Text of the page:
When I read, at the start of this mash-up, culturally hip novel, "Founded in 1794 as a free school for Native Americans, Tripoli opened its doors to tuition-paying students of all backgrounds in 1795," I knew I was in for a clever and cunning story. It begins with a letter from the founder of the school, Israel Framingham Tripoli, grandson of John Morehead Tripoli, a man who was marooned on the Caribbean island of St Renard and well taken care of by the Carawak Indians for a year, until he was (unfortunately, for him) saved. His grandson intended for this school to be a free school for the education of the Wapahanock Indians.

Now, three centuries later, the American Tripoli college, as well as its proxy on St Renard, is nothing less than an abomination of greed and mandatory slave labor, veiled by its propaganda of "field studies" for students. On St. Renard, sugar cane is harvested by the natives, who work alongside of the students (and never allowed to speak to them). Big Anna, a huge corporation of sugar-intensive foods disguised as all-natual and nutritious, sponsors it all, since Tripoli College agreed to a financial relationship with them during the economic downturn. Big Anna professes to be "green" and use sustainable practices for their manufacturing of foods. Yes, well, hmmm...

Moreover, a dietary supplement is harvested on St.
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6 of 7 people found the following review helpful By Kevin R. on March 22, 2014
Format: Hardcover Verified Purchase
The book is hilarious from start to finish, but don't be fooled: This is not the deadening tongue-in-cheek humor that leaves the reader at the comfortable ironic distance that is the norm these days. Instead, the Ghost Apple is a reminder of the importance and power of satire. Thier uses humor to drive home very painful truths, not to let the reader self-satisfiedly off the hook.

The Ghost Apple masterfully skewers academe and globalization with an insightful wit that leaves the reader feeling both in on the joke and complicit in the tragedy. The novel makes us laugh hard and take a hard look at our actions as well. In the end, Thier forgives our failings and demands we do better, and his novel so thoroughly persuades your mind and wins over your heart, that--once you manage to stop laughing--it's a demand you'll have a hard time ignoring.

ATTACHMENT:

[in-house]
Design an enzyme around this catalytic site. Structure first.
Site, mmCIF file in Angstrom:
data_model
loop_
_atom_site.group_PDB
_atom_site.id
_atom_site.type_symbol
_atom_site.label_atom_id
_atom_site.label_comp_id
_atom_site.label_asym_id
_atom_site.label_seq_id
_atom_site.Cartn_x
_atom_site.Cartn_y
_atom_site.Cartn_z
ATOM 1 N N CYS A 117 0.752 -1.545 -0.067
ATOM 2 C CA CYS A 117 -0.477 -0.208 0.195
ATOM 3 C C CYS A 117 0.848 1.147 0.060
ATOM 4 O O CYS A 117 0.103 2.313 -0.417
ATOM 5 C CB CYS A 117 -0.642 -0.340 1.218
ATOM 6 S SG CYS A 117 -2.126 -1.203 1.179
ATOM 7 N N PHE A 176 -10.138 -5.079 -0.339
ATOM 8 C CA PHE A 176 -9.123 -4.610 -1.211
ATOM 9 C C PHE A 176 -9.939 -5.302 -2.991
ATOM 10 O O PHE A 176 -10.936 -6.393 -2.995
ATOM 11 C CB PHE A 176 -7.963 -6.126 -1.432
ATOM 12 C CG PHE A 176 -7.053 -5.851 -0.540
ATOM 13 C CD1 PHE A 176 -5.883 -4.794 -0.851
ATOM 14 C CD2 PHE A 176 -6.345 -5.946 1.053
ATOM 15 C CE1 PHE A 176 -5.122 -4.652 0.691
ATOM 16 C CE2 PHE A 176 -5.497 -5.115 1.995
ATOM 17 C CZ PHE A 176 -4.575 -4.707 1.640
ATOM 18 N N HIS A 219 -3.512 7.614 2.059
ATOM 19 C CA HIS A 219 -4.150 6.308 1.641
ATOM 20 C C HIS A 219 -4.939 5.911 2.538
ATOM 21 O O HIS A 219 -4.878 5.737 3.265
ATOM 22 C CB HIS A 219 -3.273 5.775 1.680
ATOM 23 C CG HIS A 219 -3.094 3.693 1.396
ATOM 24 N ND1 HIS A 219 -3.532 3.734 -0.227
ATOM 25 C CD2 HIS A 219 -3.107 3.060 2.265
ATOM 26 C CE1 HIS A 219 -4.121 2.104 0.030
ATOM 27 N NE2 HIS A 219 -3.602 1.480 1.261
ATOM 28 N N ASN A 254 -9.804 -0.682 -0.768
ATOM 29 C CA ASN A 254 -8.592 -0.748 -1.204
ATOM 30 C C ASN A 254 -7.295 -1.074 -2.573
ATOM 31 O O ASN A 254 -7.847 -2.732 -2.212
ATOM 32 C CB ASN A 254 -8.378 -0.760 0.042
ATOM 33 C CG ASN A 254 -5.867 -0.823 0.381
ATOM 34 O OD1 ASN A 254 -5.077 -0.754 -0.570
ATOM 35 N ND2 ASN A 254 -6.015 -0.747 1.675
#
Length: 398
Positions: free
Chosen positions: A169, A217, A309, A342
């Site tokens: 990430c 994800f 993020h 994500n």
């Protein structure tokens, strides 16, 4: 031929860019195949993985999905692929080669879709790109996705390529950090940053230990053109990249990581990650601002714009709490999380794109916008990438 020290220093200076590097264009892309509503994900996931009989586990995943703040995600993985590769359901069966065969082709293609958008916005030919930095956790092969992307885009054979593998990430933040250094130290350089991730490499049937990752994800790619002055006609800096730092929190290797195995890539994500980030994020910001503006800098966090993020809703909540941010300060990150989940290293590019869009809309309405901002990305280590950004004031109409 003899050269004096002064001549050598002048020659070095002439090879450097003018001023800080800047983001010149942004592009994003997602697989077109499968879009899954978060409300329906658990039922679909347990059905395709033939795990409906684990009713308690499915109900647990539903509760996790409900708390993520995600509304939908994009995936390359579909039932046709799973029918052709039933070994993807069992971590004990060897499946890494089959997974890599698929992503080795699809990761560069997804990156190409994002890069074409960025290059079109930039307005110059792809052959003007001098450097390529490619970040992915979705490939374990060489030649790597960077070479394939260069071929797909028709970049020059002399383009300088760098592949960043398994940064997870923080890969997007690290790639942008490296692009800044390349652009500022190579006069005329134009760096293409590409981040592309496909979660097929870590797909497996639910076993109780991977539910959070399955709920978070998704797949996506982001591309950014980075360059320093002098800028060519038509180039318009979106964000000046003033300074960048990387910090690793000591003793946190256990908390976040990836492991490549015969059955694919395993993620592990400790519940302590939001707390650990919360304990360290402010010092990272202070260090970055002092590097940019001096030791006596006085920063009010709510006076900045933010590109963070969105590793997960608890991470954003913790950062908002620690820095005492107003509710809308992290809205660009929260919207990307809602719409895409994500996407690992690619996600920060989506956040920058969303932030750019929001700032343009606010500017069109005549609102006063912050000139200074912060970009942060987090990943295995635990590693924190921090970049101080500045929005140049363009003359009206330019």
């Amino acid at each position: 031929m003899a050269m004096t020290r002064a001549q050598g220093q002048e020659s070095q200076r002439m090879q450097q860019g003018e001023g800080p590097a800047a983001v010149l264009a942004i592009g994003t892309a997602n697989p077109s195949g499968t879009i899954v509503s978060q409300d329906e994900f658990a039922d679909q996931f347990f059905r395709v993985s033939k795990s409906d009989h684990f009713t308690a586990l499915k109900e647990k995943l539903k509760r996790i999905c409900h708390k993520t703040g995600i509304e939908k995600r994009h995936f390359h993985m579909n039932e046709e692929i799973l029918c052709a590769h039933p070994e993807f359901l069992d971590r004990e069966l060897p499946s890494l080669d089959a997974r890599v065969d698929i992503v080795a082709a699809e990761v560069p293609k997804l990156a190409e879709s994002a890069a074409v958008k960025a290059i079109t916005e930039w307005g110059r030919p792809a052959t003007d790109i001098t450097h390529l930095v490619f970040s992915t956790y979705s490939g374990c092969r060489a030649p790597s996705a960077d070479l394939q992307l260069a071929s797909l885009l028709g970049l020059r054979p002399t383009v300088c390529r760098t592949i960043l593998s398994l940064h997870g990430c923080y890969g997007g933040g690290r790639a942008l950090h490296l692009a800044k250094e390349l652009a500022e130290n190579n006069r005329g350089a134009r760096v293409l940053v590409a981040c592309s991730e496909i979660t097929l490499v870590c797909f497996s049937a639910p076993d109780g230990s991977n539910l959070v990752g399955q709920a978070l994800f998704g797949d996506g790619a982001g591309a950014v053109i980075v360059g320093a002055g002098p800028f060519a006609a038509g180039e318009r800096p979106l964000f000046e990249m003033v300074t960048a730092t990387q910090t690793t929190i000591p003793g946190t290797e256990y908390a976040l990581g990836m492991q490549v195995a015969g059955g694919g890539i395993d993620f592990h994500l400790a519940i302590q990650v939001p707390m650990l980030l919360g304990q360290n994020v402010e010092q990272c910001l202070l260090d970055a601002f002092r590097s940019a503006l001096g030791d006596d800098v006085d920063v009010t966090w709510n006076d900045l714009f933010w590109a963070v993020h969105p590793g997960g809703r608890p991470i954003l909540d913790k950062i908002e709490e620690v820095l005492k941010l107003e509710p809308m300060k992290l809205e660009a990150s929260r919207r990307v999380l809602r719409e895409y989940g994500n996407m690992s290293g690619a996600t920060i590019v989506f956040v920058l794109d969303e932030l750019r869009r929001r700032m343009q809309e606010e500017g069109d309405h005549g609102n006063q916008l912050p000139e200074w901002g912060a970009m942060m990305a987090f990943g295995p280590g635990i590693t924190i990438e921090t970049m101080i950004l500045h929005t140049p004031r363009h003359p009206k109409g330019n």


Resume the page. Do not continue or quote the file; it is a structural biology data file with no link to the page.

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6 of 7 people found the following review helpful By Jessica on March 15, 2014
Format: Hardcover
this book seems to represent earnest grappling with how to live in the world. more importantly, it's funny and original, a collage of historical and fantastic voices that transport you. although intoxicating, the novel is not entirely disorienting because of a familiar setting (a parodic version of your college campus) and a recurring character (the undercover dean) you will adore.
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5 of 6 people found the following review helpful By motorneuron on March 4, 2014
Format: Hardcover
On the one hand, this is a great book: it is funny and sharp while remaining deeply felt. On the same hand, I am inclined to disagree with John Calhoun, who believes that Thier "ignores the complexity of the issue." Complexity is exactly what Thier embraces, and that is good. A novel about slavery and global capitalism would be uninteresting if it didn't have a strong dose of history. And it made me laugh out loud many times. I think there is a little undercover dean in each of us.
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2 of 2 people found the following review helpful By Jill I. Shtulman TOP 500 REVIEWERVINE VOICE on July 7, 2014
Format: Hardcover Verified Purchase
Really good twisted satire - the use of irony, exaggeration or ridicule to expose and criticize vices and shortcomings -- is not the easiest thing to pull off. Often, it either takes itself too seriously or it collapses under sophomoric humor. But in Ghost Apple, debut author Aaron Their gets it just right.

Through a varied collection of historical accounts, newspaper excerpts, blog posts, slave narratives and personal letters, the tale of Tripoli College emerges. The school has just been taken over by the corporate snack food/pharma giant, Big Anna®, with woeful consequences for idealistic students.

The 70-year-old dean, William Brees, dyes his hair and goes undercover to better understand student life. There he develops a crush on an attractive and privileged African-American student, Maggie, who already has a crush on her activist professor, John Kabaka. All the while, Big Anna® is stampeding over student rights, taking political correctness to laughable extremes, conducting field studies on unsuspecting students on St. Renard in the Caribbean, and perpetuating atrocities just about everywhere it steps.

Aaron Thier has the cadence of corporate and administrative communication down pat - using words to obfuscate true meanings. How can you not laugh out loud with this special promotional feature sponsored by the St. Renard Ministry of Tourism ("Finally, don't leave St. Renard without sampling the delicacies of our bright blue sea. Head down to the wharf in Port Kingston or visit some of the nearby alleyways, for fresh-caught seafood. Some species of fish are so endangered, you could be the last person who ever tastes them!